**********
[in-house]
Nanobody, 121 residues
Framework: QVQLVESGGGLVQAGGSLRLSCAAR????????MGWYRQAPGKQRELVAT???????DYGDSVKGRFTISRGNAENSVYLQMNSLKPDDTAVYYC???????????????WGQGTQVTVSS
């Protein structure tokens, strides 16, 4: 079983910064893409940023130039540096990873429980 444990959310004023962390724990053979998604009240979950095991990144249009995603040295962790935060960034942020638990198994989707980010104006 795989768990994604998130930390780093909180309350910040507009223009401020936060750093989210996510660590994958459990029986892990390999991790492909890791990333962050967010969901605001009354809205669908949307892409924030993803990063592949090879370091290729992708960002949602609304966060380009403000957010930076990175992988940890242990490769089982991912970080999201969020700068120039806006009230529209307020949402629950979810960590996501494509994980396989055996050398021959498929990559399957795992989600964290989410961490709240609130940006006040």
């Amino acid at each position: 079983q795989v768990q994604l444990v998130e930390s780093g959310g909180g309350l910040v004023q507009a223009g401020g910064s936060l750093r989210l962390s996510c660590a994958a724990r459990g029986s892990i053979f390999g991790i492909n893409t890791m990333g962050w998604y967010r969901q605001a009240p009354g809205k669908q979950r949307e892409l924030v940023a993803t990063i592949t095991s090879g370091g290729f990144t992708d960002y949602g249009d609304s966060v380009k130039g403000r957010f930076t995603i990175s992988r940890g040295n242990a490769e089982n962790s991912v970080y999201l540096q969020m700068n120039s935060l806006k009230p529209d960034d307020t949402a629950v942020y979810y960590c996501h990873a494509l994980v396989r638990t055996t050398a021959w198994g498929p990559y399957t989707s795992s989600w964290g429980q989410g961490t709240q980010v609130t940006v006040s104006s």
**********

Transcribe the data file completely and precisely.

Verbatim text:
[in-house]
Nanobody, 121 residues
Framework: QVQLVESGGGLVQAGGSLRLSCAAR????????MGWYRQAPGKQRELVAT???????DYGDSVKGRFTISRGNAENSVYLQMNSLKPDDTAVYYC???????????????WGQGTQVTVSS
């Protein structure tokens, strides 16, 4: 079983910064893409940023130039540096990873429980 444990959310004023962390724990053979998604009240979950095991990144249009995603040295962790935060960034942020638990198994989707980010104006 795989768990994604998130930390780093909180309350910040507009223009401020936060750093989210996510660590994958459990029986892990390999991790492909890791990333962050967010969901605001009354809205669908949307892409924030993803990063592949090879370091290729992708960002949602609304966060380009403000957010930076990175992988940890242990490769089982991912970080999201969020700068120039806006009230529209307020949402629950979810960590996501494509994980396989055996050398021959498929990559399957795992989600964290989410961490709240609130940006006040």
């Amino acid at each position: 079983q795989v768990q994604l444990v998130e930390s780093g959310g909180g309350l910040v004023q507009a223009g401020g910064s936060l750093r989210l962390s996510c660590a994958a724990r459990g029986s892990i053979f390999g991790i492909n893409t890791m990333g962050w998604y967010r969901q605001a009240p009354g809205k669908q979950r949307e892409l924030v940023a993803t990063i592949t095991s090879g370091g290729f990144t992708d960002y949602g249009d609304s966060v380009k130039g403000r957010f930076t995603i990175s992988r940890g040295n242990a490769e089982n962790s991912v970080y999201l540096q969020m700068n120039s935060l806006k009230p529209d960034d307020t949402a629950v942020y979810y960590c996501h990873a494509l994980v396989r638990t055996t050398a021959w198994g498929p990559y399957t989707s795992s989600w964290g429980q989410g961490t709240q980010v609130t940006v006040s104006s």